The meeting resulted in a handwritten agreement to train Iranian scientists in rocketry, but when Savelyev forwarded the document to the Education Ministry in Moscow, the program was rejected because only a year before the government had signed the Missile Technology Control Regime, an agreement by more than two dozen nations to control the spread of missile technology.

"Nevertheless, the Iranians still wanted to have their students study here," he said, and by the fall of 1996, "we welcomed 26 Iranian students" to study for undergraduate degrees in mechanical engineering and general science courses.

In early 1997, Israeli officials warned the Clinton administration that a number of Russian organizations were assisting Iran's missile program and U.S. intelligence agencies confirmed that as many as 20 such firms and institutes, including Baltic State, were involved.

Savelyev denies the charge, but he added that he believed that the original handwritten agreement he signed with Iran in 1996, though never carried out, fell into the hands of Western intelligence.

Shortly after the initial group of Iranian students graduated from Baltic State in April 1998, new concerns arose in the United States. A special panel headed by former Defense Secretary Donald Rumsfeld estimated that Iran's missile program had made significant strides and might be able to develop an intercontinental ballistic missile capable of reaching the continental United States.

Then, in late July that year, Iran created a sensation in the Middle East by test-firing a medium range ballistic missile prototype, the Shahab-3, that could carry a 675-kilogram warhead 1,280 kilometers.

Russia, under pressure from Washington, announced that it was investigating Baltic State and eight other organizations for exporting technologies that potentially could have military uses. Throughout the spring of 1998, Savelyev said, Baltic State's undergraduate program for Iranian students was thoroughly investigated by a commission that included representatives of the Defense and Education ministries and the general staff of the armed forces, military prosecutors and the Federal Security Service.

"They reached the conclusion that Baltic State was not teaching anything related to rocket construction," Savelyev said. But he was told that if he wanted to continue teaching Iranian students he would have to draw up a detailed course list and submit it to Moscow for approval.

That summer, he and his staff drew up a course list of 111 specialized subjects that Baltic State wanted to offer to foreign students as a useful additional source of income for the university.

Each course outline ran more than 40 pages, and the government commission spent nine months reviewing it before approving all but 12 subjects that could have military applications, Savelyev said. Among the rejected courses were the study of "fuse technology," the design of "anti-tank rockets" and "ignition and explosives."

Armed with this approval, Savelyev sent out advertisements to universities in Iran, China, Syria, India and Vietnam offering to train graduate students in advanced sciences of metallurgy, gas and fluid dynamics in conditions of high-temperature and pressure and other disciplines that could be considered the basics of rocket science. Three Iranian universities responded, but Savelyev said that two of them were on a secret list of 305 organizations in Iran with whom state universities are forbidden to have contact.

"The government sent this list to our university, but I had the feeling that this list was prepared by the CIA," he said.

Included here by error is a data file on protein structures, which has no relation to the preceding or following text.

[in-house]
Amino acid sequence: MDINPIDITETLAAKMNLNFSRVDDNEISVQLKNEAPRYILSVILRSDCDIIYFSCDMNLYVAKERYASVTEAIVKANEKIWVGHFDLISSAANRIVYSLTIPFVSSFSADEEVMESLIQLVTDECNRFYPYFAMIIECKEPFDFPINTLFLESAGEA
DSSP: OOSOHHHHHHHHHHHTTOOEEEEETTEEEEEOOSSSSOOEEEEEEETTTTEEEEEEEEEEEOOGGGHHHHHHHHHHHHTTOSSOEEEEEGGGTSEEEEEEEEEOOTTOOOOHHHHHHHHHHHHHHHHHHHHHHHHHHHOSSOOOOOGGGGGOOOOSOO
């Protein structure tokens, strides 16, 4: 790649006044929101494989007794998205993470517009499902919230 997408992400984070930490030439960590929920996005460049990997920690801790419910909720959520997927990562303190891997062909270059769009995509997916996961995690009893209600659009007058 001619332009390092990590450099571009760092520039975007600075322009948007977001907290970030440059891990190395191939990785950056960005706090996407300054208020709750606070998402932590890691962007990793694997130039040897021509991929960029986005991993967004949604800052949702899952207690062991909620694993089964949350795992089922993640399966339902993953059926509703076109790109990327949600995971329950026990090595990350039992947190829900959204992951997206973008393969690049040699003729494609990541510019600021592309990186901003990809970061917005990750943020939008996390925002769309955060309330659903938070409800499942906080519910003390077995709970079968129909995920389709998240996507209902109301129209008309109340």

What was not on the list was K.N. Toosi University of Technology in Tehran, Iran, whose dean, S.N. Mousavi, was eager to have his graduate students in mechanical engineering study under Russian professors.

Without informing the government, Savelyev flew to Tehran in September 1999 and signed an agreement with Mousavi to begin training the first 17 Iranian students immediately.

Throughout last fall and up until February, about two dozen Russian professors shuttled from Baltic State to Iran to teach courses in three-week segments, for which they were paid $1,000 each trip.

But a month into the program, the United States again intervened. In an October 1999 letter from Vice President Al Gore to Putin, who was then the prime minister, the Clinton administration complained that Russia was failing to take action against institutions that were still assisting Iran's missile program. Savelyev said the letter was read to him by a member of Putin's staff.

On Dec. 20, the Federal Service for Currency and Export Control opened a formal investigation that concluded two months later that Baltic State was indeed transferring expertise that could be useful to Iran's missile program and, therefore, was contrary to national interests.

The deputy director of the export control agency, Sergei Yakimov, issued an order to Baltic State on Feb. 11 to shut down the program. Now, three months later, the professors who worked on the Iran program are back teaching Russians.

Last month, Vladimir Filippov, the education minister, publicly rebuked Savelyev, saying he "was given a severe reprimand and a warning" for violating a "whole series" of secret orders from the ministry pertaining to educational services to Iran.

But even as Savelyev was being disciplined, the Defense Ministry was defending the program for Iranian students. A top defense official argued that the investigation of Savelyev did "not contain evidence of violation of Russian legislation on military-technical cooperation and export control."

First Deputy Defense Minister Nikolai Mikhailov stated, in a letter to the export control ministry, "The Defense Ministry does not see danger to the security of the Russian Federation in education of foreign citizens including the citizens of Iran."

The university's program of courses for Iranian students was carefully screened by the Defense Ministry and other experts, he said, and added, "On the whole, the higher education of foreign citizens in Russian language and Russian technical standards is extremely useful for Russia in strategic terms."